Reach, Inspire, Share, Empower: RISE and the Launch of Employee Resource Groups at PSECU

Three business women stretching their hands to the top, together

PSECU has been hard at work developing its Diversity, Inclusion, and Belonging (DIB) movement since 2020. The events surrounding the death of George Floyd spurred a sense of urgency for organizations to ensure their environments are diverse, and that those environments are supported with equitable and inclusive practices. One aspect of PSECU’s DIB movement was the launch of Employee Resource Groups (ERGs) in 2022.

ERGs have grown in popularity as diversity, equity, and inclusion initiatives have taken hold in the workplace. Employee-led and voluntary, ERGs represent a way to build diversity and inclusion aligned with the organizations they serve. They are typically formed by employees with similar interests or characteristics and give employees a way to cultivate relationships with others as well as develop skills, share experiences and knowledge, and create community within their workplace.

PSECU’s first ERG launched in late September 2022 and is called RISE. RISE is an acronym that stands for Reach, Inspire, Share, Empower.

Reach: encourage RISE members to reach for more in their careers and personal lives

Inspire: provide inspiring and meaningful content, be inspired by fellow RISE members

Share: share knowledge, talents, expertise, experience

Empower: empower RISE members to be their best selves

RISE is an employee resource group welcoming all PSECU employees as members and providing professional and personal development, learning, and engagement opportunities centered on the unique challenges women face at work and at home.

A means to optimizing talent, RISE seeks to encourage the professional and personal development of PSECU’s female employees, at large, and RISE members, specifically, through meaningful programming.

Kate Moyer, RISE’s founder, was inspired to create and lead RISE because of the historic lack of gender diversity in the financial industry. “I’ve worked for several financial institutions (FIs) and was always disappointed by the lack of female leadership,” she explained. “Conversely, all of those FIs’ workforces were majority female, but those percentages didn’t seem to translate into the highest levels of the organization. My thought was: if we can address the unique challenges that women face in the workplace, head on, then we can begin to break down these historic barriers, allowing more and more women to flourish in their careers in the financial world.”

Since its launch, RISE has been offering monthly programming titled “Coffee + Conversation”. Taking place via Microsoft Teams meeting, at the start of a workday, this one-hour program provides attendees with the opportunity to hear from a female PSECU employee. Women at all levels of the organization have been and will be featured. “The idea is that we have something to learn from everyone we work with – not just the people with fancy titles,” Moyer said. Moyer hosts the program, asking a variety of questions and those in attendance are encouraged to ask their own questions, too. The featured guest shares their career journey, any challenges or obstacles they’ve encountered, as well as any successes.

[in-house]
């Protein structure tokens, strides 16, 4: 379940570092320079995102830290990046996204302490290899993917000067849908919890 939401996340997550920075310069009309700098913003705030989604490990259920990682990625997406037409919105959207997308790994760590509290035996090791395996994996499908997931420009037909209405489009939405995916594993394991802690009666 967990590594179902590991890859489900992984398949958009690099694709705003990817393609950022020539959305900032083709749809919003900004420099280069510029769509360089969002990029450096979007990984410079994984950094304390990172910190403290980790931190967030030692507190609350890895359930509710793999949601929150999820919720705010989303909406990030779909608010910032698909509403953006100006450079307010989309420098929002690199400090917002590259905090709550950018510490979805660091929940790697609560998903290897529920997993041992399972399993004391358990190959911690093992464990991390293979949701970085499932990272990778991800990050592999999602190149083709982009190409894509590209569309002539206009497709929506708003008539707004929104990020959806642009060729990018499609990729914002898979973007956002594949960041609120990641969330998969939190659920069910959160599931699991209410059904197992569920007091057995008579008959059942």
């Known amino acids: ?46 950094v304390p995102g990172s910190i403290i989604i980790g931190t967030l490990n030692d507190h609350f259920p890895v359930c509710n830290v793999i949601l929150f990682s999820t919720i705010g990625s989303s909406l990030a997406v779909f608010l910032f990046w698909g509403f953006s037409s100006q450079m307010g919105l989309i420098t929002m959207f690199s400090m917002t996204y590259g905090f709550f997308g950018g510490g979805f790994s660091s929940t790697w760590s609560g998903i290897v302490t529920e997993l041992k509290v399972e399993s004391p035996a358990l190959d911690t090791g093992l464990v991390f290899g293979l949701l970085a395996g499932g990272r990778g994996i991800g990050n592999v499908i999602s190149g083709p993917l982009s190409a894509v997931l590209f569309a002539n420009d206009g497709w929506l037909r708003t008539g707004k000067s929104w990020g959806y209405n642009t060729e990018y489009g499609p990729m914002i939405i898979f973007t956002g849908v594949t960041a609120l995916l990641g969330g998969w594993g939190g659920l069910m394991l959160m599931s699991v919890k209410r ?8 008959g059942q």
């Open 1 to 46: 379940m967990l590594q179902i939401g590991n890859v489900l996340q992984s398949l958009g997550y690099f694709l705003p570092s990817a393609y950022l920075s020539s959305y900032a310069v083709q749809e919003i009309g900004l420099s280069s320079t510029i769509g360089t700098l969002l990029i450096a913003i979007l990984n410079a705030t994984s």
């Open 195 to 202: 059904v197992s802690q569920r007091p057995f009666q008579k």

Another program RISE offers is a periodic speaker-led presentation with a female leader from outside of PSECU’s workforce. A local coffee shop owner and a female executive with Foot Locker have been featured guests so far. These events are available in-person and virtually, and are recorded, so that RISE members can access them in the way that is most convenient for them.

RISE has a planning committee comprised of current RISE members. They are responsible for identifying the guests for Coffee + Conversations, as well as curating the list of potential guests and/or topics for the more formal speaker presentations. While still fairly new, the ERG’s goals are to increase the breadth and number of events and programs it offers over time. Already garnering positive feedback from participants, the potential for RISE is tremendous.

If you’re interested in starting an ERG at your own place of employment here are some tips for you to get started.

  1. Have a plan.
    • What’s your ERG’s name, mission, and objectives? Think through those aspects and flesh out the ideas.
  2. Write a formal proposal.
    • This should include the above information but also a road map for success (short-, medium-, and long-term goals) and a budget, if applicable.
  3. Make a business case.
    • This doesn’t mean promising increased sales or revenue; it means tying the ERG back to your organization’s strategic plan or objectives. In the case of RISE, its mission relates to the DIB movement as well as PSECU’s strategic objective to optimize internal talent.
  4. Engage an executive champion.
    • Having an organizational decision maker as your advocate can never hurt. They can help you realize your vision, speak the language of the C-Suite, and help you hone your proposal.
  5. Work collaboratively with other employees who share your vision.
    • Identify peers who share your interest or vision for an ERG and work together to get your group off the ground. The more voices calling for a value-added benefit at work, the better.

Whether your employer has a defined and active diversity initiative, or not, ERGs can be an important way for employees to develop a strong sense of loyalty for and pride in an organization. There’s no denying that employees who feel more connected perform better, which is good for business in the long-term. What are you passionate about? What sort of community is missing from your workplace? Take matters into your own hands and feel empowered to lead the charge in bringing the value of ERGs to your employer.

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